Since I am a visitor on the NOAA Ship Fairweather; I, along with a few other visitors and new employees, took part in a safety orientation in case of emergencies. We learned where life vests and life boats are located, where to go in case of an emergency and what calls are used to notify those on the ship, as well as the procedures associated with each situation. Additionally, we had to practice getting into an immersion suit in case we had to abandon ship. These are full body wet suits which are waterproof and help prevent hypothermia.  Mine was a bit big, so I was given a smaller one. You can see me modeling a larger one here:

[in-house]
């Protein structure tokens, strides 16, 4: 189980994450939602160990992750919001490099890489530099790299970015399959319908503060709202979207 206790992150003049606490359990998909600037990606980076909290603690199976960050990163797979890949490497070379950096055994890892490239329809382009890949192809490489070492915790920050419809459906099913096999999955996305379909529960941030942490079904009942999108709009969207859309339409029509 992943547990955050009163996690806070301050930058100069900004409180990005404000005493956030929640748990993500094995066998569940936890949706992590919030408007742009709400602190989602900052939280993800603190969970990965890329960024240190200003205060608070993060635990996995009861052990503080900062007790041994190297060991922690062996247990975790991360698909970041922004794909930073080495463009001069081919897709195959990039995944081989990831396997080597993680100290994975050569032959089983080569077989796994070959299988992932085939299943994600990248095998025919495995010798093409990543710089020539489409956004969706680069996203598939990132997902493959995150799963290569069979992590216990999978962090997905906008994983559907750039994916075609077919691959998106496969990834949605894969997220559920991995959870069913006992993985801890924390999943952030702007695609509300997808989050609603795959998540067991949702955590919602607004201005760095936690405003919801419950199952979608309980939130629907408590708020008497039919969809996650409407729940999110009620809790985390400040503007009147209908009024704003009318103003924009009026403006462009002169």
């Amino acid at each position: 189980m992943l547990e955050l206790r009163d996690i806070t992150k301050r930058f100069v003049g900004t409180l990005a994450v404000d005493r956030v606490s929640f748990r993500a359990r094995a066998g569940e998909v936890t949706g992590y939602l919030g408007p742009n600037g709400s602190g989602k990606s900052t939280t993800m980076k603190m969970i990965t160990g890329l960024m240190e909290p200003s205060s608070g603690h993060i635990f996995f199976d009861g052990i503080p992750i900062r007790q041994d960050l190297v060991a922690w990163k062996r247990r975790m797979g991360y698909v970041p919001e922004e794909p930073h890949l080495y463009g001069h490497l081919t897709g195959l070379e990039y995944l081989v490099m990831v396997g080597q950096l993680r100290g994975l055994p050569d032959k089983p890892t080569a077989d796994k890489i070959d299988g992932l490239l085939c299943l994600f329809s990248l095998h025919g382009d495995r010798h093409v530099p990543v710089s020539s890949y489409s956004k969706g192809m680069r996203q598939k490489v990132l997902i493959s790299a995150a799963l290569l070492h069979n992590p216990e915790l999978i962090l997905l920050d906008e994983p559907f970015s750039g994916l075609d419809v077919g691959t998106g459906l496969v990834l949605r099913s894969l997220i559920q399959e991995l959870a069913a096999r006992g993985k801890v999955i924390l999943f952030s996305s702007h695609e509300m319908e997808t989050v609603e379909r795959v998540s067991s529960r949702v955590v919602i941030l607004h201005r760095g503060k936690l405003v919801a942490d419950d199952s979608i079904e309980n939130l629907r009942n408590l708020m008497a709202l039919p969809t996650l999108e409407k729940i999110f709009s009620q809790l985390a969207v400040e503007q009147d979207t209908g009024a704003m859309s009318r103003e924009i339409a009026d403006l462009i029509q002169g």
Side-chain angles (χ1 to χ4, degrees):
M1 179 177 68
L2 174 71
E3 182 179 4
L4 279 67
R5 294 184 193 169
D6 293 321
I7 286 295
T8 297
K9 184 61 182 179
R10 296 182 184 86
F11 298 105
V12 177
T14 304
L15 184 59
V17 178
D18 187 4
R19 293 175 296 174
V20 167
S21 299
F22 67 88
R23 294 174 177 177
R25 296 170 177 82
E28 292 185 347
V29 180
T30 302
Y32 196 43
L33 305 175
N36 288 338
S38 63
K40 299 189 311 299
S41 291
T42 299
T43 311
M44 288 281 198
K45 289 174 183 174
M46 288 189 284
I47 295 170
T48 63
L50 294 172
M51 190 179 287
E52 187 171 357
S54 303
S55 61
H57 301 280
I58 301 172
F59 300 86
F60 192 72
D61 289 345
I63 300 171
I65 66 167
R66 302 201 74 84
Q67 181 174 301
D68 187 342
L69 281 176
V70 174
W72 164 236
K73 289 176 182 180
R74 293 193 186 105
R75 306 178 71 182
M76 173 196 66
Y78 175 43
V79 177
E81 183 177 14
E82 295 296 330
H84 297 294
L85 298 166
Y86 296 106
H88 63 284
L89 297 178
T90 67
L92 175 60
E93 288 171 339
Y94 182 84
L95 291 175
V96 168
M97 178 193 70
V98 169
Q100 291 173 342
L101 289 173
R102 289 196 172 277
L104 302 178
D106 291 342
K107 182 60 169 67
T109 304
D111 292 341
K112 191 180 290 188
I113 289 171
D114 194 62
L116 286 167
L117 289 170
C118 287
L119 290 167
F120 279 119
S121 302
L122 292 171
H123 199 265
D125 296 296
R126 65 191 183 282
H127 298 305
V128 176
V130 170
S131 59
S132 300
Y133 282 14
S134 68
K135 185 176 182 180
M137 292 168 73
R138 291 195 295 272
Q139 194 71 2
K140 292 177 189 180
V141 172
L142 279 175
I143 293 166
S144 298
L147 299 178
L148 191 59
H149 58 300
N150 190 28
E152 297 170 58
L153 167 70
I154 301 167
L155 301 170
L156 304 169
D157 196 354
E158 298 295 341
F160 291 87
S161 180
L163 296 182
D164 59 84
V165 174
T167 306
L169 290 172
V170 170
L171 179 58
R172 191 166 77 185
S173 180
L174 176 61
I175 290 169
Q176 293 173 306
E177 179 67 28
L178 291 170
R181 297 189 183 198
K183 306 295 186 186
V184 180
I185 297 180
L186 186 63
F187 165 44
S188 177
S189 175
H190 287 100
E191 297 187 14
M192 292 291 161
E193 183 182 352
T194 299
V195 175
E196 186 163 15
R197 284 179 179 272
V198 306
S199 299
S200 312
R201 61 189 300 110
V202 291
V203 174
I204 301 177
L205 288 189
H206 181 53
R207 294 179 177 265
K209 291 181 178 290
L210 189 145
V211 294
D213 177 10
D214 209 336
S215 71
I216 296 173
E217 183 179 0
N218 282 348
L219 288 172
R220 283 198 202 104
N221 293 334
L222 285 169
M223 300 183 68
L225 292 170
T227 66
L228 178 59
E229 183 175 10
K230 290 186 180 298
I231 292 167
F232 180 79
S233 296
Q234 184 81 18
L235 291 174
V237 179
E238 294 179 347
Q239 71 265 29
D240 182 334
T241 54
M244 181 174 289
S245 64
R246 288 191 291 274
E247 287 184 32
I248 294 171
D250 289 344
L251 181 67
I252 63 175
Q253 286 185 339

(Picture of me in immersion suit kindly taken by ENS Lawler)

(Picture of me in immersion suit kindly taken by ENS Lawler)

Personal Log:

I got to Juneau a day before the ship was set to start sea trials so I was able to visit Mendenhall Glacier which is about 12 miles outside of Juneau with two other visitors of NOAA Ship Fairweather.   As many glaciers are retreating around the globe, I felt lucky to go visit this one!

Mendenhall Lake inside a fairly large valley which the glacier has helped to carve over the last 3,000 years

Mendenhall Lake inside a fairly large valley which the glacier has helped to carve over the last 3,000 years